You may see a variety of parenting styles in a large place where children gather. At the circus, recently, I heard the man behind us smack his child on the bottom. I don’t do that, because I don’t think it would work with my kids, and the short term gain would be lost in the end of the series, but the act scared my son. I know because about five minutes later he wanted to leave, due to the noise of the act in the center ring. Thirty minutes later, he asked me why the “baby was crying” and then, for a three-year old, gave me a dissertation on how the daddy hit the baby. I asked him what happened next. His answer will go in a baby book-”The baby cried louder.” I told him I noticed that too, and that hitting is against the rules in our family, even for mommies and daddies. Finally, a smile. I knew it wasn’t really about that human cannonball.
I can’t tell a frustrated parent how to discipline his child, especially in the place where I live. Laws on spanking, hitting, swatting, or paddling vary from state to state. I was told by our doctor that for some children, one raised eyebrow can bring on as much stress as a full on screaming match. I have one of those kids. Incidentally, eye brows, and screaming, are legal in every state, no matter how dangerous they can be.
If your child is melting down, a few things you can do to help them are:
- Change the scenery. Whatever happened in line for Space Mountain or at Ariel’s Grotto will be over sooner if there are not so many visual reminders of how bad it was, whatever it was.
- Get down on the child’s level, and offer comfort. Don’t make the child look you in the eye or articulate. Don’t even make them tell an honest version. They are processing their thoughts and you can go back and spackle the holes in the story later.
- Repeat back what the child said, in their words. If they say, “Goofy is scary,” saying “Goofy is not scary,” means you don’t get it, and they better find another way to let you know they are scared. Did you bring shin guards? Did Goofy? Try “You think Goofy is scary” or “Goofy scared you, huh?” No denial. You are letting them know you get it. They can stop convincing you with tears and screaming.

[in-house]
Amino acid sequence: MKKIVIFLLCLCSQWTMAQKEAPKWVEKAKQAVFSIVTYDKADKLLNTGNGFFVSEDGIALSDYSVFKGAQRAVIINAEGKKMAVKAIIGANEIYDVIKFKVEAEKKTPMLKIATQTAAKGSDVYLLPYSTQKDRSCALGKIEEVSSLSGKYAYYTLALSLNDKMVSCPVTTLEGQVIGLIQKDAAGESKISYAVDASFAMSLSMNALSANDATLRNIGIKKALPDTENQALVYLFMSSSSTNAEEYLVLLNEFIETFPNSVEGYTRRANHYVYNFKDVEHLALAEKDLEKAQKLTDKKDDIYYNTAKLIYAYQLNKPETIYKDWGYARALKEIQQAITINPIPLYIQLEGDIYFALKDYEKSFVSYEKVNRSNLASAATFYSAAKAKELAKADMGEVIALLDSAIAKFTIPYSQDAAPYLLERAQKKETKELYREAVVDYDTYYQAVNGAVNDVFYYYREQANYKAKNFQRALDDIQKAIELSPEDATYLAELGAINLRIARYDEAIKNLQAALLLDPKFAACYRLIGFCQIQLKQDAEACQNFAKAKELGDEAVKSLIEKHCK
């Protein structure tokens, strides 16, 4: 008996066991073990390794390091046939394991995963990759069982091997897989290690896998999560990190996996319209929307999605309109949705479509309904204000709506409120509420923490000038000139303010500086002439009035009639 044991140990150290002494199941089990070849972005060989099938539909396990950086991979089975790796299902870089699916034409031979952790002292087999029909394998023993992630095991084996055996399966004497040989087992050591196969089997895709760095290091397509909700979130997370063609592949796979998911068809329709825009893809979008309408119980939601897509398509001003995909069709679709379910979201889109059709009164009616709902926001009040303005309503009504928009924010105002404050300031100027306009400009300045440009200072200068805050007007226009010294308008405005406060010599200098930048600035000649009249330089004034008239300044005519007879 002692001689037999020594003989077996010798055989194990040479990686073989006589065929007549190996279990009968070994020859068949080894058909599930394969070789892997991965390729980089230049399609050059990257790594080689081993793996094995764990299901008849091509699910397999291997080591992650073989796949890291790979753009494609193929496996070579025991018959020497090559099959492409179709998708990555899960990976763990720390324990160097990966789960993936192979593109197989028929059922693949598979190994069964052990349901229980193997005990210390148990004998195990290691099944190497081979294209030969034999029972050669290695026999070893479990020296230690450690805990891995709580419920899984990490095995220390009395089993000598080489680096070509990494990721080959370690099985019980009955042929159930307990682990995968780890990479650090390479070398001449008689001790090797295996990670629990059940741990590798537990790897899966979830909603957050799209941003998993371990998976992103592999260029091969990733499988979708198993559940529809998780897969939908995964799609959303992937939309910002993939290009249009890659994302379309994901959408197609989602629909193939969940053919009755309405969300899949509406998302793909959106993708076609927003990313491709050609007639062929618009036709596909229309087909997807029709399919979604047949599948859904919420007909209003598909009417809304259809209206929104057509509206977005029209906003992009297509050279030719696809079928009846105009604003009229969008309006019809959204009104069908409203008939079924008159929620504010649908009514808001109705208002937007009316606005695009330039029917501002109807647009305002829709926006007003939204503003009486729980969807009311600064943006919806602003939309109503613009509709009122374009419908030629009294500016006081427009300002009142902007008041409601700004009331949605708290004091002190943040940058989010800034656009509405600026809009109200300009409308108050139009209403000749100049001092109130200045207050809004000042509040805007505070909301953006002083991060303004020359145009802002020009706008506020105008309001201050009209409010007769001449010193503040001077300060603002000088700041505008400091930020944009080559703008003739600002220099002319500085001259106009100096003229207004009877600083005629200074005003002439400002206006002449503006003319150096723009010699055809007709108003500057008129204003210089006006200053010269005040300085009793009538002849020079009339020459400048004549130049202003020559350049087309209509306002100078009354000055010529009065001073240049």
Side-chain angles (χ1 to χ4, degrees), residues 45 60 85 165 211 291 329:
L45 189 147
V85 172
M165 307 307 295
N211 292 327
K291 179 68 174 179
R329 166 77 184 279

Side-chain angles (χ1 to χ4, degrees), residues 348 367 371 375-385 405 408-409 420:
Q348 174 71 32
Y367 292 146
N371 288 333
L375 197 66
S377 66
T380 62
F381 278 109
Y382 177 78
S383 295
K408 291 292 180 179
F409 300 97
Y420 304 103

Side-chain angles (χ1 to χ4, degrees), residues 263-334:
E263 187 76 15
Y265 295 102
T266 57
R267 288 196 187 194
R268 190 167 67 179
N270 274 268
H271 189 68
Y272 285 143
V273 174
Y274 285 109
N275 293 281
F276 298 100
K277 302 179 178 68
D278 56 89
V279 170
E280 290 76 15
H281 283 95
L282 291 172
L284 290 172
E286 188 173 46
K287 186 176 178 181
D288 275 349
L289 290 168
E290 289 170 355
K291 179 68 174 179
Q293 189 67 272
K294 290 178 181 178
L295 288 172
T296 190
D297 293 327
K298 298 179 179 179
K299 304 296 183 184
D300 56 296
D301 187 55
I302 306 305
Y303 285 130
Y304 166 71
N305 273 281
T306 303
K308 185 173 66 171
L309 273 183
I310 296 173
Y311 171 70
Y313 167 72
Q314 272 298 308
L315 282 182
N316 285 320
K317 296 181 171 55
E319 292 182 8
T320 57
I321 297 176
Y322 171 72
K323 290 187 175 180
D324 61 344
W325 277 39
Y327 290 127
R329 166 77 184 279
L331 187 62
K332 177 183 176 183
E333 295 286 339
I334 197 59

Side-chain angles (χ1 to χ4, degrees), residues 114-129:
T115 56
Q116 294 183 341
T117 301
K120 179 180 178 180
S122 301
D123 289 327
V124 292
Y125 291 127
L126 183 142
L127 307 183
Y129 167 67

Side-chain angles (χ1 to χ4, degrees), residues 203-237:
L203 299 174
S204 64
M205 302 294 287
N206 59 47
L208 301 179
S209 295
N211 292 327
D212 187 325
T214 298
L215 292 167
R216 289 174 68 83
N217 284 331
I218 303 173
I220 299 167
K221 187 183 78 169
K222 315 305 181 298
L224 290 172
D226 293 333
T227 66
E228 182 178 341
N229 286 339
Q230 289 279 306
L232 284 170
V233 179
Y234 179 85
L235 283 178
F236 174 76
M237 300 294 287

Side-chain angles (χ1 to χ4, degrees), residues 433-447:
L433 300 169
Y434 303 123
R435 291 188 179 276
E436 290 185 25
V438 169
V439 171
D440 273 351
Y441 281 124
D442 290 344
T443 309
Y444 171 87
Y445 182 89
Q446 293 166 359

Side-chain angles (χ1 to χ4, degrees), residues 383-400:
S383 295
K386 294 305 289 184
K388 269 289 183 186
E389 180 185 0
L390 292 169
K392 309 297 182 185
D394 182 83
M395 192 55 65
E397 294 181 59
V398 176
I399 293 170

- Remind the child of familiar things, in a soft voice. They don’t have to be immediate rewards. No time-shares on a pony. Something simple like, “Well, I thought we’d do 2 more rides that your brother likes, and then go to the pool. Do you like the pool? Do you want to wear your red swimsuit like at home?” Notice, you are not rewarding the meltdown, you are offering a reminder that better things are on the horizon. Kind of like getting in the car after a meeting and listening to a podcast of Disney music, reminding you of a trip in 145 days.
- If people around you stare, or want to pitch in, you are in a bind between the greater community, who may say the very thing to move your progress backwards, and your child who now has a stranger in their face. I suggest sending them for stickers, ice, or snipes. I have often handed a parent a sticker during their kid’s meltdown, or a plastic toy, and run. I say to the parent, “Dad, would this help,” and gracefully disappear, Cheshire Cat-style. The child doesn’t need an internal debate about strangers and dangers. The parent needs to know they are not alone, or they need to be left alone.
If someone asks what is wrong, when your hands are full, a simple, “Tough time” or “She is sad,”is explanation enough. You don’t need to review the doctor’s report with them. Your child doesn’t need to hear that you put the disability above the feelings they are having in the moment. Has anyone ever belittled your opinion or feelings due to your age, education, or a physical condition, like pregnancy? Did you want to bite them, a little bit?
If you see a child losing control and a parent losing it with them, you may grab a cast member and report it as a concern. Even if the child does not have autism, there could be more going on than meets the eye. In young children, if early warning signs are present, but a child doesn’t meet the criteria for an Autism Spectrum Disorder, they may just be considered “developmentally delayed,” and parent may not even have considered using some of the tools and tricks veteran parents of children with this diagnosis have in their fanny packs. During a peaceful moment, tell them about sites like this, where the strategies and resources matter at least as much as the label.
In a proud parenting moment, I once told Mary Poppins to back off, using my pointer finger, because the sea of large white dress and mass of red lipstick looked like a tsunami coming to over-stimulate the child I had just calmed down after a rough, last day, transition. We locked eyes, and she turned on her character heel and went. We made up on the next trip, but during a weaker parenting moment, on the plane I lamented over how the most famous nanny in the world was no match for my kid’s meltdown.
Luckily, I was.